United to suspend Shannon-Newark flights for winter

Airline blames drop in demand for decision to halt service between November and March

United blamed a “seasonal reduction in market demand” for its decision. It will begin flying from Shannon again from March 10th.

United blamed a “seasonal reduction in market demand” for its decision. It will begin flying from Shannon again from March 10th.

 

A fall in demand from passengers has prompted US airline United to suspend flights from Shannon Airport to New York/Newark during the winter.

United confirmed on Wednesday that it would stop flying from the mid-west airport to Newark, New Jersey, which serves New York, between November 26th next and March 9th 2018.

The airline blamed a “seasonal reduction in market demand” for its decision. It will begin flying from Shannon again from March 10th.

“We will contact customers with bookings for flights during the service suspension to either offer them alternative travel plans or provide refunds,” a spokeswoman said.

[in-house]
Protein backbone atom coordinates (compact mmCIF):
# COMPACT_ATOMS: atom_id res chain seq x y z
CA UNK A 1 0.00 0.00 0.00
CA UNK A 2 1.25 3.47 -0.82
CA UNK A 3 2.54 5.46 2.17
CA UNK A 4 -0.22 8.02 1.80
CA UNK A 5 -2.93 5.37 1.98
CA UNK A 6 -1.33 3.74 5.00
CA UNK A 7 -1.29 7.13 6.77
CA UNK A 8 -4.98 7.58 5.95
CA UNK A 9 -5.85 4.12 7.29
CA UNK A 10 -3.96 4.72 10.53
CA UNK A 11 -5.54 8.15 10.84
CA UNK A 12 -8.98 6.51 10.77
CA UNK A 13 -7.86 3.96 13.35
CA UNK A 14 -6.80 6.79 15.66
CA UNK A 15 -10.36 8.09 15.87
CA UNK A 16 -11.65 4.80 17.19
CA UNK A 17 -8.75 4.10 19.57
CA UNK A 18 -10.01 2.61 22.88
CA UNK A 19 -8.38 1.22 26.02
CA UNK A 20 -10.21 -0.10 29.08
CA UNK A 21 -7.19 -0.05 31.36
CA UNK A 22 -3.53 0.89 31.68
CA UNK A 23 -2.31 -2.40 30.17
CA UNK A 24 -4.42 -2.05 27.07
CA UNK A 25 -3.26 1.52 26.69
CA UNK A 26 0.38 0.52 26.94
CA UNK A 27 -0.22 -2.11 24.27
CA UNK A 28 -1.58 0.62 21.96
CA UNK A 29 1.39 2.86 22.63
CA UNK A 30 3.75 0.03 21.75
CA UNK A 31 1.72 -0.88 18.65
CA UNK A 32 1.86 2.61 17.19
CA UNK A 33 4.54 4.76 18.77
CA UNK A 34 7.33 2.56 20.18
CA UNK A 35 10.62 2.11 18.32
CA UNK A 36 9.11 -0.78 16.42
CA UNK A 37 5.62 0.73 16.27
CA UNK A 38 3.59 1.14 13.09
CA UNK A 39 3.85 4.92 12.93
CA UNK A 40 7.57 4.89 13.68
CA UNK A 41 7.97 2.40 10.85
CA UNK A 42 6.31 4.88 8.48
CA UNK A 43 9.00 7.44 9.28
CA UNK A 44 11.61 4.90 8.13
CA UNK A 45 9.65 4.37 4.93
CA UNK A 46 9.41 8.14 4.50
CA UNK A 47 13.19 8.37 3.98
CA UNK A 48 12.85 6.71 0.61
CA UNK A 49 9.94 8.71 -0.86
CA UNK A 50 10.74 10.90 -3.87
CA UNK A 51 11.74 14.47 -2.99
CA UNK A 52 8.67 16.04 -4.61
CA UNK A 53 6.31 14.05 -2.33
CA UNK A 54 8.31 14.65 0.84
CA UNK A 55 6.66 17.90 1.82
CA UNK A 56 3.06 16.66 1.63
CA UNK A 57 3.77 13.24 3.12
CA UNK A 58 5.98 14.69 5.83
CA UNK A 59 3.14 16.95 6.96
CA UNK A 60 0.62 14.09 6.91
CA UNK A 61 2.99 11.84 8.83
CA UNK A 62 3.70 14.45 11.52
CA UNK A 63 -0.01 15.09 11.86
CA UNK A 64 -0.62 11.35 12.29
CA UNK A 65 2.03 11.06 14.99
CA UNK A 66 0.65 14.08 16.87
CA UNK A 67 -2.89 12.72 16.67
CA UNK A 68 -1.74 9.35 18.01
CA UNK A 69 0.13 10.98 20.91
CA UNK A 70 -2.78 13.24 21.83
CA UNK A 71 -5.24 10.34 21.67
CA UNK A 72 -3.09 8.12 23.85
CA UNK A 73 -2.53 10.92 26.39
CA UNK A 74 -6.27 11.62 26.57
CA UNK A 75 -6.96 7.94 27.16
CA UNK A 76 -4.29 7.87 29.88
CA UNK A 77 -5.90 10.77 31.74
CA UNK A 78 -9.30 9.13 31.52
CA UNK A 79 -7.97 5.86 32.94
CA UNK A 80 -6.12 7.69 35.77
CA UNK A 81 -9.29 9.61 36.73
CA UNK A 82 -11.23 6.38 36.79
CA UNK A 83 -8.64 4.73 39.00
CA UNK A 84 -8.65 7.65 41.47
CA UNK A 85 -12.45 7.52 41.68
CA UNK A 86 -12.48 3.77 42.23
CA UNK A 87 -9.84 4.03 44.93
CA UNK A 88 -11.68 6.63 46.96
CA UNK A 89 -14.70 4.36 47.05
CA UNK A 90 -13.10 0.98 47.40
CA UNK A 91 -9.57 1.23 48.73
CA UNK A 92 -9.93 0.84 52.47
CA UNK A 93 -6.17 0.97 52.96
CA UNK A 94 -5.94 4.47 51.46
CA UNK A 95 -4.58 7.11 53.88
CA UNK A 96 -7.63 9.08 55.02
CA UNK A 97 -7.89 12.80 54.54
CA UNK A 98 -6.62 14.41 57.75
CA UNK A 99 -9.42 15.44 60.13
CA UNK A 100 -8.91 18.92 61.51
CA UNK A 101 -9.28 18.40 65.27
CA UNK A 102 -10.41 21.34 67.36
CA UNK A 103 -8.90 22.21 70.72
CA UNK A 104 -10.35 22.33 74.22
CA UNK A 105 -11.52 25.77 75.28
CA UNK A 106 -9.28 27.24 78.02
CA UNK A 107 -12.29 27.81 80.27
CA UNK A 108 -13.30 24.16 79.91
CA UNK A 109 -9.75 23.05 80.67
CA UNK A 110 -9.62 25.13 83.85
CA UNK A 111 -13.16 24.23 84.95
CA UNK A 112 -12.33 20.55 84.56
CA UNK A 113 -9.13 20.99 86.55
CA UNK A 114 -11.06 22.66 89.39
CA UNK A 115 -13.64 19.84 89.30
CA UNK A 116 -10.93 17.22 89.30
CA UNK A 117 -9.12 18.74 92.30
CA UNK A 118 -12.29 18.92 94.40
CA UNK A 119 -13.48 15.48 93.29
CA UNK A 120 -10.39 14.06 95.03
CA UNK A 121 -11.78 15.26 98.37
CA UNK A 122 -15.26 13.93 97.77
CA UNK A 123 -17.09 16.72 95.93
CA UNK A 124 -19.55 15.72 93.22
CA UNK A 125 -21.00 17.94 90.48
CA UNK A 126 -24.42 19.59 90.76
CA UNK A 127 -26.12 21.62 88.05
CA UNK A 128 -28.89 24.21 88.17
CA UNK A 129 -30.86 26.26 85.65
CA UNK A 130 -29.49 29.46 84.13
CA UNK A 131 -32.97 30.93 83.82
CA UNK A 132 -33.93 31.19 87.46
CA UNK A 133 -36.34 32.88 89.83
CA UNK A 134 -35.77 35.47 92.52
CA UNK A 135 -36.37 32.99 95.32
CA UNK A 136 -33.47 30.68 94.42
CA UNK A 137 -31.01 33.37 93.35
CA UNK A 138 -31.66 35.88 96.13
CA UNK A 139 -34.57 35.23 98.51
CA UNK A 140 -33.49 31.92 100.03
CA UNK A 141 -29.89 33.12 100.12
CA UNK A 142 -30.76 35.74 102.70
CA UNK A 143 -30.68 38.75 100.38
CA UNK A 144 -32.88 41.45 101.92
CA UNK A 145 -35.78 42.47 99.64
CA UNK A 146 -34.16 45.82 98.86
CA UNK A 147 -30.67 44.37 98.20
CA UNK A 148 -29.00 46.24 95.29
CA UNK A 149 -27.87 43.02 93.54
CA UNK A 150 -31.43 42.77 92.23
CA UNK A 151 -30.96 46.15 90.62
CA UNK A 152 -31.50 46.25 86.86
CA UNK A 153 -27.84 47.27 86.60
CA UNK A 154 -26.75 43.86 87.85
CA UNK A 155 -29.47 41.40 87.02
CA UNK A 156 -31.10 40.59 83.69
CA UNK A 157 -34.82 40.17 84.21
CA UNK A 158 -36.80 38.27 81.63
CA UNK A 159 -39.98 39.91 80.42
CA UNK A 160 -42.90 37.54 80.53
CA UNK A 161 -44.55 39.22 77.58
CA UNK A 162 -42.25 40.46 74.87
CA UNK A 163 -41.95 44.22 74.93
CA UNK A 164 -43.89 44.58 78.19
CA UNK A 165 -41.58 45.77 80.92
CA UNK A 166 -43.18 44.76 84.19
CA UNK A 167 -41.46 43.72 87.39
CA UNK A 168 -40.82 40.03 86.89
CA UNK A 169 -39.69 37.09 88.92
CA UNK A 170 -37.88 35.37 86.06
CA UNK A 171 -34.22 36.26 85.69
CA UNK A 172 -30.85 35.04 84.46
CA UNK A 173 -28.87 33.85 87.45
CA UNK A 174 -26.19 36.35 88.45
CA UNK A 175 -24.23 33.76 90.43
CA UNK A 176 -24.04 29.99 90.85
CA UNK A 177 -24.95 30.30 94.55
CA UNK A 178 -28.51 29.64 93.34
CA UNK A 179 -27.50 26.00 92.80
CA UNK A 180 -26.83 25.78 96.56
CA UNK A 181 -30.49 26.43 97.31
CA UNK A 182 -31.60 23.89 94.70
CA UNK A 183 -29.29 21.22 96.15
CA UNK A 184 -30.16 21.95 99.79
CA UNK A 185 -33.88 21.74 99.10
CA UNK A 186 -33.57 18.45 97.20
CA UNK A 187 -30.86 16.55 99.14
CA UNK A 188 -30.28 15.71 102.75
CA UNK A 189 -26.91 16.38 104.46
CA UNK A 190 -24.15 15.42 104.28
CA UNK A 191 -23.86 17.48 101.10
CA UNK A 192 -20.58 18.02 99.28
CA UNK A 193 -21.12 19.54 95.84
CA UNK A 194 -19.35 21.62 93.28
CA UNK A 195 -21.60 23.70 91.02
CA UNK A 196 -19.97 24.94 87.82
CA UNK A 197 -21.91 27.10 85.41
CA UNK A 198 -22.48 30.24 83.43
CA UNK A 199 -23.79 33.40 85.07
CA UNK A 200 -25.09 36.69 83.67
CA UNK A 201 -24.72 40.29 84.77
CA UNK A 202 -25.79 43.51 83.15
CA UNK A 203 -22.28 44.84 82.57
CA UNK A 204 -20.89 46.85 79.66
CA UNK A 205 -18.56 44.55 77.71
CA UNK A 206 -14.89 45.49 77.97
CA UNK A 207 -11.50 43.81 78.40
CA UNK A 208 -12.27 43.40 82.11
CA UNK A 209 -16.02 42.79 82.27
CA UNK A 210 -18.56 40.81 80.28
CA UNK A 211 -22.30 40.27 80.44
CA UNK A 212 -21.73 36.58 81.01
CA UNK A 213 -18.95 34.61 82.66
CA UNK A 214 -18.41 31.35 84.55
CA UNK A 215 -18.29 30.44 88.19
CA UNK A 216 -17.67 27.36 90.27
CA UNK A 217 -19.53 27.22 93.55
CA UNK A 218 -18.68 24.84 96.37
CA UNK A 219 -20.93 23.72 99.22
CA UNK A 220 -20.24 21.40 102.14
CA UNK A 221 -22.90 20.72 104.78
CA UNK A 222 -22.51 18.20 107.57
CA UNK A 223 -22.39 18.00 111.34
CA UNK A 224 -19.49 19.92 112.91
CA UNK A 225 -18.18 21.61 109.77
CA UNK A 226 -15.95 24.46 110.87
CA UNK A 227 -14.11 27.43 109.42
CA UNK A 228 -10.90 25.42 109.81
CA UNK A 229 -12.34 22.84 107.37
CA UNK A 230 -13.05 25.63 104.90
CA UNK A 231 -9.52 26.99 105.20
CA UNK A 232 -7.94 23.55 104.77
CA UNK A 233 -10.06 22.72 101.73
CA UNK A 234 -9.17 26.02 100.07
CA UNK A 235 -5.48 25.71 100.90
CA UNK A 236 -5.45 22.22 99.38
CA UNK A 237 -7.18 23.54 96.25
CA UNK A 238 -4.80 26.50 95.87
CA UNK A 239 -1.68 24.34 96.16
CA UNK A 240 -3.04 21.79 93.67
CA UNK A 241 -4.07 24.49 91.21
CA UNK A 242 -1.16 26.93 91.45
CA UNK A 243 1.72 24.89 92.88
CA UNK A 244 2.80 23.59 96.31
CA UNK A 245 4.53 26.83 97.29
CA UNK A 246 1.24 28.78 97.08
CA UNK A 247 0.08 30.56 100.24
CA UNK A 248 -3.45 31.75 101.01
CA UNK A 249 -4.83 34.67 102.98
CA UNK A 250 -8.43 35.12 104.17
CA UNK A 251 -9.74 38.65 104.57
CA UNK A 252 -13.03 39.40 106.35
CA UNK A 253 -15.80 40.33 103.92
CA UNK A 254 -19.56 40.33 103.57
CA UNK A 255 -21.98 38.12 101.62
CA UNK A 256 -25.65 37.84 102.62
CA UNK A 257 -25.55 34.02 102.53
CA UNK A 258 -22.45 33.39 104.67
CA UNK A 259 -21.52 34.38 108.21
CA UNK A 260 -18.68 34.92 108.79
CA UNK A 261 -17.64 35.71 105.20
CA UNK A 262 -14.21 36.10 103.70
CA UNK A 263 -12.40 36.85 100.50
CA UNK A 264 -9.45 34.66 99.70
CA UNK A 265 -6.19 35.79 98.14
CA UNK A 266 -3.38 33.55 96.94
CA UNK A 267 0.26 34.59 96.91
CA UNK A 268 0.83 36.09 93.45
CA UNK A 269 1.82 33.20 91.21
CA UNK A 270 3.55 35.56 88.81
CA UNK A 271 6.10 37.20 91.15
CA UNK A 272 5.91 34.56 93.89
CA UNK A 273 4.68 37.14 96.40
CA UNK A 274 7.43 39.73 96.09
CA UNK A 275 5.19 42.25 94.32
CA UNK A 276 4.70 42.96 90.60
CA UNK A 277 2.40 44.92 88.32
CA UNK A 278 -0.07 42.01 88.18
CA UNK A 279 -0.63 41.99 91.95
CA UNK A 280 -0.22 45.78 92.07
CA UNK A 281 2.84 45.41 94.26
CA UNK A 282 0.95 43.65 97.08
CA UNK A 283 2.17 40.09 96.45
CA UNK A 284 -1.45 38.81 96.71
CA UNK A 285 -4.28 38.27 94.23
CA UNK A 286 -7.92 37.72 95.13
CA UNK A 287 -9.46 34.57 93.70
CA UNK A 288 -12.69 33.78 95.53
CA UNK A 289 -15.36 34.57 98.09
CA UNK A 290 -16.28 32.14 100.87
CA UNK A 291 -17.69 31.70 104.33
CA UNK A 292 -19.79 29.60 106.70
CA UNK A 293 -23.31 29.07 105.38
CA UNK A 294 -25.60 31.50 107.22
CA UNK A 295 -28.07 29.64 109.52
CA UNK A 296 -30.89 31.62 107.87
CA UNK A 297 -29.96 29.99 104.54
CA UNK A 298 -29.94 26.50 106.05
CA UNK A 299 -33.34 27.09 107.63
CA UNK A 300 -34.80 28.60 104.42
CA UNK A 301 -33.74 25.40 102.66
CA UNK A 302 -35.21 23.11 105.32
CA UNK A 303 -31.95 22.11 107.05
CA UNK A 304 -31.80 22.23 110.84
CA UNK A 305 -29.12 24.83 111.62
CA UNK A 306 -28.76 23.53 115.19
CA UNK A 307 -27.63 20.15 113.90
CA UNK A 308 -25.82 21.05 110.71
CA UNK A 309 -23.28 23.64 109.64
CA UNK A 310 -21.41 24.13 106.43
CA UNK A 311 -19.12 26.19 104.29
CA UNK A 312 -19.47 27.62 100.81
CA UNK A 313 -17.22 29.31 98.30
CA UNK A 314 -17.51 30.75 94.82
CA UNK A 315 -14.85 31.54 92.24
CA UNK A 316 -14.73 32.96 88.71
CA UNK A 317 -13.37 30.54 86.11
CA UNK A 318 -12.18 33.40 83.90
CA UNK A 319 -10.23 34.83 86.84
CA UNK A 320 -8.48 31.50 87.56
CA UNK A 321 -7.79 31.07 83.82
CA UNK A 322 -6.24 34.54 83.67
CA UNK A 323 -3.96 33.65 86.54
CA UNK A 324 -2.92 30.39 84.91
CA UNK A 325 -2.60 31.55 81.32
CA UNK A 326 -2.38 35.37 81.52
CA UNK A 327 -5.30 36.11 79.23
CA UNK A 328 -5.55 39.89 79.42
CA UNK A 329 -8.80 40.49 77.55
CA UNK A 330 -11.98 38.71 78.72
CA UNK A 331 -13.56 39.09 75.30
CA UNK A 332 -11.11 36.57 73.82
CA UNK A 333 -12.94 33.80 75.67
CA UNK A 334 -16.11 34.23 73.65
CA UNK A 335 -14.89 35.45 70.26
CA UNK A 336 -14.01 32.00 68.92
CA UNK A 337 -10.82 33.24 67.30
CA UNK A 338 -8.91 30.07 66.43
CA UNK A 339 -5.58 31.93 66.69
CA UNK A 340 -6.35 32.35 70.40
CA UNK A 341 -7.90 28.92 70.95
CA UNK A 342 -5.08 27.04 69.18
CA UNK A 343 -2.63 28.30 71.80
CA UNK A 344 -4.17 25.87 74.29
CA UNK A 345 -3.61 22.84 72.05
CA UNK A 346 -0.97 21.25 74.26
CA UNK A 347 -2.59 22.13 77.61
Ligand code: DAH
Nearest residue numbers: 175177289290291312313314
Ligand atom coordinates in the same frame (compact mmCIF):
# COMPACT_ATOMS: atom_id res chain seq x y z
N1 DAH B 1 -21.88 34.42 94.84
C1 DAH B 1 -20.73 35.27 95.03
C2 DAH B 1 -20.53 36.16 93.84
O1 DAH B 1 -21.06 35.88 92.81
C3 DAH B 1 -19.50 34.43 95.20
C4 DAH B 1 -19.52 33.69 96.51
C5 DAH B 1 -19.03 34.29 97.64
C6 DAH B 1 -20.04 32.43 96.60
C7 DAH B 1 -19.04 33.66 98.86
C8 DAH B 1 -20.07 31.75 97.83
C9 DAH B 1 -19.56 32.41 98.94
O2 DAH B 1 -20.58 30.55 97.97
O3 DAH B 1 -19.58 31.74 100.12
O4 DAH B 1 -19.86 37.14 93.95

The move means that Shannon will be left with just one year-round transatlantic service between January and March: Norwegian Air International’s recently launched flights to Stewart International Airport in New York state.

Bookings slowdown

The Scandinavian-owned, Irish-based carrier launched the route this month and plans to fly twice a-week from Shannon to Stewart over the winter months.

United did not say if Norwegian’s launch was responsible for the slowdown in bookings that led the airline to suspend its service.

Aer Lingus halts its Shannon-New York flights between January and March, generally the slowest time of year for airlines.

Shannon said United’s decision was disappointing. “We remain very committed to working with them and other airline partners to continue to provide services and access to key markets,” the airport added.

“This year Shannon has its largest number of transatlantic destinations for 17 years as five airlines operate to seven destinations.”

Shannon’s statement added that the airport was confident it would improve on its 2016 performance, which was its four successive year of growth.

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